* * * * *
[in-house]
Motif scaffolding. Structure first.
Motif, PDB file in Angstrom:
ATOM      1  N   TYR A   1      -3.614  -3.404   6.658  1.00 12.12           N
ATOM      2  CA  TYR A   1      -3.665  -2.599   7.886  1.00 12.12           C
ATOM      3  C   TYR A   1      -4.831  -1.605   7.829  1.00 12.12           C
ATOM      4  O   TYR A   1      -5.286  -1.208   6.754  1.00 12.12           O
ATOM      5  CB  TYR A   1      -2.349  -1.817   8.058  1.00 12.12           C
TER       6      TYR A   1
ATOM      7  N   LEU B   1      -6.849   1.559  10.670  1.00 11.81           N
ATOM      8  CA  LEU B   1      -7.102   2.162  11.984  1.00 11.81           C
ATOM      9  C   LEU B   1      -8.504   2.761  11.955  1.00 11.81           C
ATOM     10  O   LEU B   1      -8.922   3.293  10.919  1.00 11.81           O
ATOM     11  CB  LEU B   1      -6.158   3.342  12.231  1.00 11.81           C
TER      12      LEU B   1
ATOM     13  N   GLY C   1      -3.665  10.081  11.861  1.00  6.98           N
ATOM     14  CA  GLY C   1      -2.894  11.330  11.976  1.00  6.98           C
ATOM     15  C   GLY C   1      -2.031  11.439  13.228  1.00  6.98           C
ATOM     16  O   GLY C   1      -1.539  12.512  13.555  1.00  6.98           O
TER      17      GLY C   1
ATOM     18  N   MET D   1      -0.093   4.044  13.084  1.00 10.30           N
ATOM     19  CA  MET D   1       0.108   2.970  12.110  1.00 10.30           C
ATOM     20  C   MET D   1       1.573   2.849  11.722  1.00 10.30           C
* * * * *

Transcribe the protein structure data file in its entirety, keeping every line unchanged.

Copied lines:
[in-house]
Motif scaffolding. Structure first.
Motif, PDB file in Angstrom:
ATOM      1  N   TYR A   1      -3.614  -3.404   6.658  1.00 12.12           N
ATOM      2  CA  TYR A   1      -3.665  -2.599   7.886  1.00 12.12           C
ATOM      3  C   TYR A   1      -4.831  -1.605   7.829  1.00 12.12           C
ATOM      4  O   TYR A   1      -5.286  -1.208   6.754  1.00 12.12           O
ATOM      5  CB  TYR A   1      -2.349  -1.817   8.058  1.00 12.12           C
TER       6      TYR A   1
ATOM      7  N   LEU B   1      -6.849   1.559  10.670  1.00 11.81           N
ATOM      8  CA  LEU B   1      -7.102   2.162  11.984  1.00 11.81           C
ATOM      9  C   LEU B   1      -8.504   2.761  11.955  1.00 11.81           C
ATOM     10  O   LEU B   1      -8.922   3.293  10.919  1.00 11.81           O
ATOM     11  CB  LEU B   1      -6.158   3.342  12.231  1.00 11.81           C
TER      12      LEU B   1
ATOM     13  N   GLY C   1      -3.665  10.081  11.861  1.00  6.98           N
ATOM     14  CA  GLY C   1      -2.894  11.330  11.976  1.00  6.98           C
ATOM     15  C   GLY C   1      -2.031  11.439  13.228  1.00  6.98           C
ATOM     16  O   GLY C   1      -1.539  12.512  13.555  1.00  6.98           O
TER      17      GLY C   1
ATOM     18  N   MET D   1      -0.093   4.044  13.084  1.00 10.30           N
ATOM     19  CA  MET D   1       0.108   2.970  12.110  1.00 10.30           C
ATOM     20  C   MET D   1       1.573   2.849  11.722  1.00 10.30           C